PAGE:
Synopses & Reviews
A traditional art form with a history spanning several thousand years, Korean lacquer art is prized for its inimitable artistic and technical perfection. Drawing on a display at the Museum of Lacquer Art in Münster, this beautifully illustrated book introduces readers to outstanding—and often extremely rare—examples of lacquer art, which involves adorning objects with tree sap and intricately inlaying them with shell, gold leaf, or pearl. Among the objects photographed for this book are works from the Goryeo and Joseon dynasties, particularly valued periods in the history of lacquer art known for vivid pieces inlaid with mother-of-pearl.
Each object in Korean Lacquer Art is described in considerable detail and extensively illustrated. Together with essays by renowned experts on the techniques used to create them, they present a picture of the multifaceted development of Korean lacquer art from its beginnings through the early twentieth century.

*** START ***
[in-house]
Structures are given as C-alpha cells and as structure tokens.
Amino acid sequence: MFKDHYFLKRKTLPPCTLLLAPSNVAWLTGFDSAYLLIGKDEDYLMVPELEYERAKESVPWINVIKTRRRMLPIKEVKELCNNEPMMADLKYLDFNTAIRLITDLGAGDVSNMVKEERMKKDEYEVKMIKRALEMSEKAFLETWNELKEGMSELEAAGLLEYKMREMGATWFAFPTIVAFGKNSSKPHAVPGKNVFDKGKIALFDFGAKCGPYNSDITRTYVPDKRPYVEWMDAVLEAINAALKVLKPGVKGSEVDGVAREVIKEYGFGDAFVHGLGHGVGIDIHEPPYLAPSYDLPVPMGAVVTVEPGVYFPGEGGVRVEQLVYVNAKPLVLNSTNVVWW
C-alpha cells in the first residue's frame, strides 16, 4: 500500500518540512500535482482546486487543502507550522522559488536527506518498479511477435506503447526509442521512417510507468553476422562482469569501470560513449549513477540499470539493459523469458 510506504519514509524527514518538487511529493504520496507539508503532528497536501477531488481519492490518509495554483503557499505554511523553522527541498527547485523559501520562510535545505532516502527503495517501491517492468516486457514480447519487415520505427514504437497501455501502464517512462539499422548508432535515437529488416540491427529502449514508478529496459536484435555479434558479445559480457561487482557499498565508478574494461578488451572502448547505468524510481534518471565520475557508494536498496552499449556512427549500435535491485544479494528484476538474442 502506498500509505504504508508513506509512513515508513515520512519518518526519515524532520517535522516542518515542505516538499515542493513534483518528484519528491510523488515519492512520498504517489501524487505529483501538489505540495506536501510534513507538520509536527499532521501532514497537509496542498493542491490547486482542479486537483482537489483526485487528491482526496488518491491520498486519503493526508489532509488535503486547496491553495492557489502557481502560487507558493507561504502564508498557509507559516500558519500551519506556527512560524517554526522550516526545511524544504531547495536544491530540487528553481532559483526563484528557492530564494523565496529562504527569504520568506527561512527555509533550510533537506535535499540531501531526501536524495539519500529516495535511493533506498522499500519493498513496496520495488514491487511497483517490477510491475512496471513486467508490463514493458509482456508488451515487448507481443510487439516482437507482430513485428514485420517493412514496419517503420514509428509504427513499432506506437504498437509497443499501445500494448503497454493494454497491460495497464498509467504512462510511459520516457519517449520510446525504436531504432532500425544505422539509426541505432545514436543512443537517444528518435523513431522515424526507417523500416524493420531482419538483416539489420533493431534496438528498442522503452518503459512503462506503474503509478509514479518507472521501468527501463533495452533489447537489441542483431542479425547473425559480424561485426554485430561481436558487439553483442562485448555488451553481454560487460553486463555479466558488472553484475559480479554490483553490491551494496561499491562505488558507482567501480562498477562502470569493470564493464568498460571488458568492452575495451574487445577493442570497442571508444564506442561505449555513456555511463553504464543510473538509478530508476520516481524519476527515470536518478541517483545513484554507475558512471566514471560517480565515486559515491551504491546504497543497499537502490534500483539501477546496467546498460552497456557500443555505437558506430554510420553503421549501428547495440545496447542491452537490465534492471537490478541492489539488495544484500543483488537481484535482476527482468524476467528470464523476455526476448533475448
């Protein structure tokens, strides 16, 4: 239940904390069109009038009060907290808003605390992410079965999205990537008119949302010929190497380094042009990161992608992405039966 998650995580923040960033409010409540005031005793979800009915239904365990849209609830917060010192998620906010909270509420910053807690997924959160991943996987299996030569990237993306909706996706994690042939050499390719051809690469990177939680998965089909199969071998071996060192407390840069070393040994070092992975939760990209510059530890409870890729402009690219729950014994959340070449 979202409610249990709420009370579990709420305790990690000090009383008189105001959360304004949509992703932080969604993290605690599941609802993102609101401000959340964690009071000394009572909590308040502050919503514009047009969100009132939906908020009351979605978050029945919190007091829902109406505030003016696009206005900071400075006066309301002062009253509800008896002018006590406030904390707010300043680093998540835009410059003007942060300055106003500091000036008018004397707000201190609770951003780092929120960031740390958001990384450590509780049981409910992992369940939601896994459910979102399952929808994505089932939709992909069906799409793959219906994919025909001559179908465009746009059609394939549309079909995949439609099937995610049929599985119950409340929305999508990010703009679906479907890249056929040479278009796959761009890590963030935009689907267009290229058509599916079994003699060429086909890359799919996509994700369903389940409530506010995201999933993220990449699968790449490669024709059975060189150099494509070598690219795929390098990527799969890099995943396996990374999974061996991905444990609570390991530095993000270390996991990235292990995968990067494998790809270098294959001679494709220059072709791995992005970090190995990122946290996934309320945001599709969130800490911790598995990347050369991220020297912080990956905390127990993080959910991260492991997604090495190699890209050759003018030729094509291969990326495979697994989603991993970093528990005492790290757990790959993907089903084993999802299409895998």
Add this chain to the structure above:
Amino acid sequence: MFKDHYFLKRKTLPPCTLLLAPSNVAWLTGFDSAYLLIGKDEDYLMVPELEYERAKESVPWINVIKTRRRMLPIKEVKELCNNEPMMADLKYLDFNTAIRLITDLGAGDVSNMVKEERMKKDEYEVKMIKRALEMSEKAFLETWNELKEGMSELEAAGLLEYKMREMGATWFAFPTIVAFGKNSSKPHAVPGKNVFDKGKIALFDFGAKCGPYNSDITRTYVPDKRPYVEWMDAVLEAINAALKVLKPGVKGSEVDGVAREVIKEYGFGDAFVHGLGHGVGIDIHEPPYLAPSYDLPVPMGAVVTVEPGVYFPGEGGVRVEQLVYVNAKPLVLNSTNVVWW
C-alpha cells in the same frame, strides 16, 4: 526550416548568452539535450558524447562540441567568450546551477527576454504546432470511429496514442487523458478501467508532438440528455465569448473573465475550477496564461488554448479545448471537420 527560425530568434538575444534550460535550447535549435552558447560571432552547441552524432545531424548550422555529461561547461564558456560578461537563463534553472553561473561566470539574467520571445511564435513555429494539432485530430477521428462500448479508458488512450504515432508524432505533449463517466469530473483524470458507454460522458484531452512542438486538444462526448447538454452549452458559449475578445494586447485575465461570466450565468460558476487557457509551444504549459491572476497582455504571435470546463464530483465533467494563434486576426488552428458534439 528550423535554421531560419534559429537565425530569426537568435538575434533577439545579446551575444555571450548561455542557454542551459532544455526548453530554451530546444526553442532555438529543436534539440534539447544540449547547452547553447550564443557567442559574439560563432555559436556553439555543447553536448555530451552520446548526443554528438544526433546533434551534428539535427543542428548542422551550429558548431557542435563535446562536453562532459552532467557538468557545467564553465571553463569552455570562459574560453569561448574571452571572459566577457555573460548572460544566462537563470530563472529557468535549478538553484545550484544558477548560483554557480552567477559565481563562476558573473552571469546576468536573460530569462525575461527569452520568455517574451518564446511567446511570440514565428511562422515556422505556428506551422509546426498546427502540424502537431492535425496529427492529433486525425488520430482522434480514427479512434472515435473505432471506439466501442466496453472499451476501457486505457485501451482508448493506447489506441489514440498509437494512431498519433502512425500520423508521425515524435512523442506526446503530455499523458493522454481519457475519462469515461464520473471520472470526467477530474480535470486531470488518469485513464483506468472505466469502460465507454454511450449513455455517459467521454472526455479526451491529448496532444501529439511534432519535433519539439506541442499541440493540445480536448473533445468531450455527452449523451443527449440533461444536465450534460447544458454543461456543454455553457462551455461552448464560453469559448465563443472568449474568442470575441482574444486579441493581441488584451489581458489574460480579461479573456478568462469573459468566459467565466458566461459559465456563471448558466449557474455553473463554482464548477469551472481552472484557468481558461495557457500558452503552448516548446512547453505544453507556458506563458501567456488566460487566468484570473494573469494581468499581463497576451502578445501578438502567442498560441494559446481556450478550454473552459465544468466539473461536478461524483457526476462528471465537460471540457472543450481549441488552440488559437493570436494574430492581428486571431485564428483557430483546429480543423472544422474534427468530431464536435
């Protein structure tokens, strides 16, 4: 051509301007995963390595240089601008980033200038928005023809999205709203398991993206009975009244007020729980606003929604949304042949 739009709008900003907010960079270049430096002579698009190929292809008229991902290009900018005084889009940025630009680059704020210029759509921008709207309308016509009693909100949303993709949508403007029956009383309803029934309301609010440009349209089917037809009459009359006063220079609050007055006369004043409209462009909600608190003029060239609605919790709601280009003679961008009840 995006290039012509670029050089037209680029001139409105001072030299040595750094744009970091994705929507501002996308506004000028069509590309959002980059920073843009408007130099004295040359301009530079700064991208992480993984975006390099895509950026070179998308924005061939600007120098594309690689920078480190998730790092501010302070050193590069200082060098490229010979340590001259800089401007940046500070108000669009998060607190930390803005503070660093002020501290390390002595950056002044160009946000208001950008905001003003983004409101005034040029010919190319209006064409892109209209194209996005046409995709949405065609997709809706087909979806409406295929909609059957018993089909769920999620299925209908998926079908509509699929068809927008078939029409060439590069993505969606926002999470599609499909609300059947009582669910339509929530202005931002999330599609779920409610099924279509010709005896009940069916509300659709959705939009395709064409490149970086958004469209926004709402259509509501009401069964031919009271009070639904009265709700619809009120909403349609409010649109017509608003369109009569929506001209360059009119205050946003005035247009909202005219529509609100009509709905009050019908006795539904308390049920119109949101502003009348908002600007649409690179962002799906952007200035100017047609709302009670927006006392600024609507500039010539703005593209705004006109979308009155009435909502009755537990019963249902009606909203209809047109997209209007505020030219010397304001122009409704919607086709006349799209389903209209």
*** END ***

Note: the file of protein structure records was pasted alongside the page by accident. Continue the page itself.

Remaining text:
“A long overdue and welcome addition to the study of Korean and East Asian art, as well as to the field of arts and crafts. With lavish photographs, thought-provoking essays, and thorough documentation, Korean Lacquer Art introduces the reader to lacquerware aesthetics, the latest research on decorative techniques, and a continuous lacquerware history from the third century BCE through the Choson Dynasty. . . . [It] is both visually and intellectually engaging, with the most up-to-date and complete information and extensive illustrations. . . . I heartily recommend this exquisite book to art historians and teachers, as well as the general public.” Journal of Asian Studies
About the Author
is director of the Museum of Lacquer Art in Münster. She is the author of European Lacquer: Selected Works from the Museum für Lackkunst Munster.
Table of Contents
Message of greeting
Dr Monika Kopplin
The Art of Early Korean Lacquer—From the beginnings of the Unified Silla Kingdom
Margarete Prüch and Kyuhee Wahlen
Refined Craftsmanship and Exquisite Beauty—The art of lacquerwork in the Goryeo dynasty
Tradition and Development—Laquerwork with mother-of-pearl inlay in the Joseon period
Turban Snails and Abalone Shells—The technique of mother-of-pearl inlay on the Korean peninsula
Peonies and Cranes—Symbolism in mother-of-pearl decoration of Korean lacquerware
Early Joseon Dynasty: 15th-16th centuries
Middle Joseon Dynasty: 17th-18th centuries
Late Joseon Dynasty: 19th-20th centuries
Illustration and map credits
Map of excavation sites